Contrary to the statements in the local press, most of the officers of our armed forces are not in agreement with changing the Don't Ask, Don 't tell policy:
December 3, 2010 12:19 PM
At today's Senate hearing, three of the four service chiefs expressed opposition to repealing the Don't Ask, Don't Tell (DADT) policy on gays in the military. "My recommendation is that we should not implement repeal at this time," said Marine Corps commandant General James F. Amos (watch his opening statement here). "I cannot reconcile, nor turn my back on the Marines most engaged in the day-to-day work of operations in Afghanistan," said Amos. The Pentagon's survey showed that 67% of Marines in combat arms units--infantry, artillery, armor--believe repealing DADT would have a negative effect on their unit's performance.
"What the survey did not identify is the risk to the force should repeal be undertaken while the Corps is engaged in its 9th year of combat operations," Amos said. "Assimilating openly homosexual Marines into the tightly woven fabric of our combat units has strong potential for disruption at the small-unit level, as it will no doubt divert leadership, attention away from an almost singular focus of preparing units for combat."Amos later quoted a Marine lieutenant, who wrote in a letter: "My team's effectiveness is directly tied to its cohesiveness. Despite differences, we are so close that we anticipate each other's next move in garrison and in combat. Our ability to do our job is predicated on this kind of relationship. If you were to add any element of sexual competition, inter-unit sexuality, or hesitance in trust, it would unquestionably prevent those bonds from forming or immediately destroy them if introduced."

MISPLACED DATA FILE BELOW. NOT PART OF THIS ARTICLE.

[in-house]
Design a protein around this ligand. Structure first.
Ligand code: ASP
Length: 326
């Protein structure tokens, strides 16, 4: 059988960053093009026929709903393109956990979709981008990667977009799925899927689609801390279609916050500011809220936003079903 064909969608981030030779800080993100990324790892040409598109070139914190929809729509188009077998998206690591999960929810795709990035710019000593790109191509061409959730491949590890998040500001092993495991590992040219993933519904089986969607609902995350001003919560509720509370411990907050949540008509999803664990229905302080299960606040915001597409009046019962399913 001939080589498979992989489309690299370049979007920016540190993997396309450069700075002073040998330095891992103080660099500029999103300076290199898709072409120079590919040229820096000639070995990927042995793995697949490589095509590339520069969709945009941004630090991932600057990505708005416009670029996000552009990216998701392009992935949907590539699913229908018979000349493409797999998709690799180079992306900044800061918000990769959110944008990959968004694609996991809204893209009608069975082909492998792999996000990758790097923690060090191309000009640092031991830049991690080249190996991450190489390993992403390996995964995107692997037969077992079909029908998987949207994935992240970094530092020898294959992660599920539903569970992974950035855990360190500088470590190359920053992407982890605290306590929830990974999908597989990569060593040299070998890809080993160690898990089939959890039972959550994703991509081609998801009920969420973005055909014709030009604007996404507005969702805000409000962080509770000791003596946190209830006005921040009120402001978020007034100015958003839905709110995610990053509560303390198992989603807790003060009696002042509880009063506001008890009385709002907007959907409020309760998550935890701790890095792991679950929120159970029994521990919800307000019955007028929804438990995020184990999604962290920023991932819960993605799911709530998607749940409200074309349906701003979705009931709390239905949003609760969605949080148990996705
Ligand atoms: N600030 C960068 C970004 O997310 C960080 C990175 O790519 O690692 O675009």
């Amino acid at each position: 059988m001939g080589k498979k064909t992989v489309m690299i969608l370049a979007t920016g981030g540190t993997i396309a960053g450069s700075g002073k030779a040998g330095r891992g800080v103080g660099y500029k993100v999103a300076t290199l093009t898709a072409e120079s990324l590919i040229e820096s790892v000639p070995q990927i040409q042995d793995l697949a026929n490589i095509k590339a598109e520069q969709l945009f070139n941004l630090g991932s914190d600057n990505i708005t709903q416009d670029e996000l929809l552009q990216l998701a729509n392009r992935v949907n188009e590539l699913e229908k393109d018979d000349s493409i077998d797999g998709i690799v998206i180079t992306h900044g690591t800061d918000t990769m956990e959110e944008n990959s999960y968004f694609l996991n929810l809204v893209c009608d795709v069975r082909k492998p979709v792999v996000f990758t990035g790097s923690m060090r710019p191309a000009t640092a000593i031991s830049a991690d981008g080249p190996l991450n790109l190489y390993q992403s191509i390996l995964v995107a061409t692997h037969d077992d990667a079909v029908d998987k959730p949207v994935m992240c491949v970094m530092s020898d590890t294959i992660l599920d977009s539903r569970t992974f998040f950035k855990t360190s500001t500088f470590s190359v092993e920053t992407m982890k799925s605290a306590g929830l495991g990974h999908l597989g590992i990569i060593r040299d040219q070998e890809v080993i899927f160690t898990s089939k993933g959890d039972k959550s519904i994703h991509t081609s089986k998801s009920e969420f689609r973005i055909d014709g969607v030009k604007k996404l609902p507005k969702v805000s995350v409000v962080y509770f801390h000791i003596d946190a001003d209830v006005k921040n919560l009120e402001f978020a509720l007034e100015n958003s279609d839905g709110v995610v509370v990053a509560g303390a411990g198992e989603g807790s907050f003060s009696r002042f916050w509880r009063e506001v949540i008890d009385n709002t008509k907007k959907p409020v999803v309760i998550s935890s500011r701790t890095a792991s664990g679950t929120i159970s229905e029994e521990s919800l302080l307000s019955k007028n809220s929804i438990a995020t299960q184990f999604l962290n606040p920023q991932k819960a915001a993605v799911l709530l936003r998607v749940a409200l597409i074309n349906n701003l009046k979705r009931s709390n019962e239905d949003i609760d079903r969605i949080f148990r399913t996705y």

While the chief of the Navy, Admiral Gary Roughead, supports repeal, the chiefs of the Army and Air Force do not. Said Army Chief of Staff General George Casey: "Implementation of repeal of DADT in the near term will 1) add another level of stress to an already stretched force; 2) be more difficult in combat arms; and 3) be more difficult for the Army than the report suggests."
"I believe that the law should be repealed eventually," Casey said later under questioning from Senator John McCain. "I would not recommend going forward at this time."
"I agree with General Casey," said Air Force chief General Norton A. Schwartz. "I do not think it prudent to seek full implementation in the near-term."